Footage of 'safe' injection site at Vancouver's New Fountain Shelter prompts ethical and regulatory concerns

Video from inside a 'safe' injection site shows drug users passed out, screaming, and crying as health officials are nowhere to be found.


A recent video shared by a homeless services provider depicting a safe injection site in Vancouver, BC, has ignited a debate about the effectiveness and regulation of these facilities. 

The footage portrays scenes of chaos and distress at Vancouver's New Fountain Shelter, with multiple individuals passing out, some appearing to be overdosing, and women crying behind closed doors. Disturbingly, the video also suggests a lack of adequate staff presence to ensure the safety and security of those present, as no health professionals are present nearby.

At one point in the video, a drug user is even seen passed out with his face in a bowl of cereal.

The video was posted by Kevin Dahlgren, a former homeless service specialist from Oregon. Dahlgren currently works to combat the “homeless industrial complex” and speak out about drug use that occurs on the streets of large urban cities across the country. Dahlgren was also accused of stealing property and committing identity theft while working for the city of Gresham, and later resigned.

Safe injection sites are established with the objective of providing a supervised environment for drug users to consume drugs safely, under the supervision of healthcare professionals. The intention is to reduce the risk of fatal overdoses by providing prompt faster medical assistance if needed.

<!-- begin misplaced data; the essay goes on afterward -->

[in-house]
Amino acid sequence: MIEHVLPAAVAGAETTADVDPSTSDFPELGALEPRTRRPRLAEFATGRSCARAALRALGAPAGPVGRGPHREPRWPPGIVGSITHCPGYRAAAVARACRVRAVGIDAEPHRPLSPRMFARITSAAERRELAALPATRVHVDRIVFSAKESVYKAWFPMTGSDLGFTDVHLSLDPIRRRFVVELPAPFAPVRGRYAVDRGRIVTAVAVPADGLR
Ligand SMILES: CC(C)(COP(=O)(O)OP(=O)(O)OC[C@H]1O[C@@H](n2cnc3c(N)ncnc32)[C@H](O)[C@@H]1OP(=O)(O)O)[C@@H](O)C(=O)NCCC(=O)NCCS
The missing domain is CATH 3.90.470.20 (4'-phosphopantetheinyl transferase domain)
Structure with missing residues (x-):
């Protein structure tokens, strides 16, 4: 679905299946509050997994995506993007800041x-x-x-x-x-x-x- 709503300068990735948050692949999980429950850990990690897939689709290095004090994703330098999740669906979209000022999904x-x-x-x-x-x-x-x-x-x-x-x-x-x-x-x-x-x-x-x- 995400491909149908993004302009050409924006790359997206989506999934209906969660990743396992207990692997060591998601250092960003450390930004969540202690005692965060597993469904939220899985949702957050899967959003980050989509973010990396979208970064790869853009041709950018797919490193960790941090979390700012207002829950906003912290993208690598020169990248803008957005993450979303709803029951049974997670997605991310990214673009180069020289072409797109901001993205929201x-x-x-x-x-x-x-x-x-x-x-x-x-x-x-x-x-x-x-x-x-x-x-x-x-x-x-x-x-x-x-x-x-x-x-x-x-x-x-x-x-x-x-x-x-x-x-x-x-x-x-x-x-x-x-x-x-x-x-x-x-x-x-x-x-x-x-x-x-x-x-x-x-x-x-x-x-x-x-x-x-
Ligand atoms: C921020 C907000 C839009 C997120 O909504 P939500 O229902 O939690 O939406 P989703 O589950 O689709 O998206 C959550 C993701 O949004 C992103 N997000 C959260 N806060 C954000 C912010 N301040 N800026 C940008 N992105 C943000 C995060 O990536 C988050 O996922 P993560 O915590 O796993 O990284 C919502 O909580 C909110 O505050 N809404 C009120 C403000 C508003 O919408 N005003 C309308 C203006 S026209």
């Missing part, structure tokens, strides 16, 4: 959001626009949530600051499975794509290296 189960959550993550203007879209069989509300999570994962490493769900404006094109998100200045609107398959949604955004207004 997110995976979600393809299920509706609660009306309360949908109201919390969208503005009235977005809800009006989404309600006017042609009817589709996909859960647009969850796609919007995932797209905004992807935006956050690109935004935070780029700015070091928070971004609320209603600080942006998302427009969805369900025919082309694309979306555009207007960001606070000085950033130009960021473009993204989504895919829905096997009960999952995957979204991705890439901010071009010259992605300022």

However, the efficacy of these sites are often in question, as many critics question if they actually fulfill their intended purpose or simply incentivize larger drug use. 

The scenes captured in the footage depict a concerning lack of oversight and support for individuals in need. Instead of providing a safe and controlled environment, the video suggests an environment of chaos and vulnerability.

Recently, the state of Oregon attempted to implement a drug-friendly environment for residents of the state. In 2020, Oregon became the first state to decriminalize possession of small amounts of hard drugs, including heroin, cocaine, and LSD. However, as drug use became rampant throughout the state, Oregon lawmakers have not voted to make minor drug possession a criminal misdemeanor offense once again.

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